LAS VEGAS (AP) — Nevada’s state motor vehicles director says he’ll review thousands of personalized license plates issued to state residents after a northern Nevada man filed a federal lawsuit alleging he was unconstitutionally blocked from obtaining a custom “GOPALIN” vehicle tag.
DMV chief Bruce Breslow and a state attorney general spokeswoman told The Associated Press on Monday they can’t comment on the lawsuit that James Linlor filed July 15 in U.S. District Court in Reno.
But they noted that Linlor was granted a GOPALIN plate last December.
Linlor’s lawyer didn’t immediately respond to messages from AP.
The civil lawsuit was first reported by the Las Vegas Sun.
Despite the judge’s decision, the complaint alleges the DMV again denied Linlor’s request for a “GOPALIN” plate. Meanwhile, Linlor discovered the DMV had issued other politics-related license plates, including “GOGREEN,” “DMOCRAT,” “AL GORE,” “KERRY,” “EDWARDS,” “DEAN,” “HILLARY” and “RONPAUL.” The Las Vegas Sun reports Linlor also claims the DMV rejected requests for “REPBLCN” and “BUSH,” the complaint alleges.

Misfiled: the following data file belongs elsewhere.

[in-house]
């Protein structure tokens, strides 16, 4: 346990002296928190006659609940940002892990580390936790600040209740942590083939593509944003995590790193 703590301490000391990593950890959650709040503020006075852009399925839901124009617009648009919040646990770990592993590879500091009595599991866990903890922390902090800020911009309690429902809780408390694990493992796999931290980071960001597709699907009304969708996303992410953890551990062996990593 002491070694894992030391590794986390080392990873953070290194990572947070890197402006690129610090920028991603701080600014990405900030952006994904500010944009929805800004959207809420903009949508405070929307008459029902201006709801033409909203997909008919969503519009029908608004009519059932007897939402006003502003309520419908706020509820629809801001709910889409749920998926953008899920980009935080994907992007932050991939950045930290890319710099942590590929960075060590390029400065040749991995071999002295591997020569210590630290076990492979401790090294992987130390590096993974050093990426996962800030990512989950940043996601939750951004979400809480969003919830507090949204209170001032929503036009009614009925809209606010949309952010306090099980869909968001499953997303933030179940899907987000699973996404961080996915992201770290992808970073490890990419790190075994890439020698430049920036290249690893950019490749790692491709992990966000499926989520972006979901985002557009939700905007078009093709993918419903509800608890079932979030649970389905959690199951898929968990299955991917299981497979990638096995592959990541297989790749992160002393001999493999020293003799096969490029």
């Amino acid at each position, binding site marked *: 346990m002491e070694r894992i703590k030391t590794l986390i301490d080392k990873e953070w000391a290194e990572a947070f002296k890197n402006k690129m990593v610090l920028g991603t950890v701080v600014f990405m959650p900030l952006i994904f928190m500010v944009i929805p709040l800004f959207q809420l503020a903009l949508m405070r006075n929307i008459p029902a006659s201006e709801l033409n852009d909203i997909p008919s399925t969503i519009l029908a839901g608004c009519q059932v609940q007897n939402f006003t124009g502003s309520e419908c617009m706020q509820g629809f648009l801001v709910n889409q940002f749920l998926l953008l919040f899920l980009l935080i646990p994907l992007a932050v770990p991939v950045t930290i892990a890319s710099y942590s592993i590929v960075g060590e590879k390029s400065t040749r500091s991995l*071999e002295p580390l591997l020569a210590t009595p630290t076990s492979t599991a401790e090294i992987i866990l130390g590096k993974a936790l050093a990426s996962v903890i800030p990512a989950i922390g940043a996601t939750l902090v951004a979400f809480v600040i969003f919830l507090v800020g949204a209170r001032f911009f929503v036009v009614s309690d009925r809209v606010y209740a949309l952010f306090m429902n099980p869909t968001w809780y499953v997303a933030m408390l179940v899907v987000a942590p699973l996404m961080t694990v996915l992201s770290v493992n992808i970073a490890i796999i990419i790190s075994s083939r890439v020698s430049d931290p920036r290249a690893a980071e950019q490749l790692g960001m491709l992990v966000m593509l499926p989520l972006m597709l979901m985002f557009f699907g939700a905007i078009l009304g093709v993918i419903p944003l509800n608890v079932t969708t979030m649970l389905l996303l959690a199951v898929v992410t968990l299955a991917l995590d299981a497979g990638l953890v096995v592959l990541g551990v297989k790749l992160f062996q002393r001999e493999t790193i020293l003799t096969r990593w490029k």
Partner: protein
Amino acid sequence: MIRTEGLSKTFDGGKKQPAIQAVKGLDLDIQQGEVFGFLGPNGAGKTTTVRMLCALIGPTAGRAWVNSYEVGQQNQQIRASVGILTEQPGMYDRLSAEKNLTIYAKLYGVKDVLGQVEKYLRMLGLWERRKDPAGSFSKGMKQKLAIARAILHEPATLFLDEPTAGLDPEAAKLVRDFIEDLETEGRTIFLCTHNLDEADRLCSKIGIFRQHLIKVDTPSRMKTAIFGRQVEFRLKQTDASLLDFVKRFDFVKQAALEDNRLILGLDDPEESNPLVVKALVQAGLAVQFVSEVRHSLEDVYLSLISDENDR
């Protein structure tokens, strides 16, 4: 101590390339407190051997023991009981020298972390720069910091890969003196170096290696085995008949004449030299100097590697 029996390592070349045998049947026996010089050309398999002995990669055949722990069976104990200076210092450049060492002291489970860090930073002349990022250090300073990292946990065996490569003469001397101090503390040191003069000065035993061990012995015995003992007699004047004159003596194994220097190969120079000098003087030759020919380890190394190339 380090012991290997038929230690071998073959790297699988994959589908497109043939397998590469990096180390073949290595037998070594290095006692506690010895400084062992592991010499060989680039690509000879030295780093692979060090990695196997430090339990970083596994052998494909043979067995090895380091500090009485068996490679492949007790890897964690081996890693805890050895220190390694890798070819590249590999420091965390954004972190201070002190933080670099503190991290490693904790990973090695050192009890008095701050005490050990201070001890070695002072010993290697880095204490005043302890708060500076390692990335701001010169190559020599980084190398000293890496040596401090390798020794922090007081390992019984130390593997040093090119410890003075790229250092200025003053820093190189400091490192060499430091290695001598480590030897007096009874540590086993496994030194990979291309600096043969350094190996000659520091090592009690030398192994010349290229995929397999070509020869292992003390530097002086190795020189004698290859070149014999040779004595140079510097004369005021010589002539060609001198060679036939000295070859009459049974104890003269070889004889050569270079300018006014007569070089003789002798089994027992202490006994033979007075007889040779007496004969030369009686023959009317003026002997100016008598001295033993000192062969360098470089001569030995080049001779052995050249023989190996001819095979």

When Linlor applied for a “GO OBAMA” plate, the DMV approved it, he alleges.
Personalized license plates with up to seven custom letters or numbers — six for motorcycles or small trailers — are available for a fee of $20 to $36, depending on the vehicle.
Under Nevada law, the DMV may “prohibit the use of inappropriate letters or combinations of letters and numbers.” The Nevada Administrative Code takes the restrictions a step further by stating that “no combination of letters, numbers or spaces is allowed if it … (e)xpresses contempt, ridicule or superiority of … political affiliation,” according to the lawsuit.
All requests for these plates are reviewed by anonymous Special Plates Committees — a practice Breslow plans to change. He said he wants all approval authority to be given to the director instead.
Copyright 2011 The Associated Press.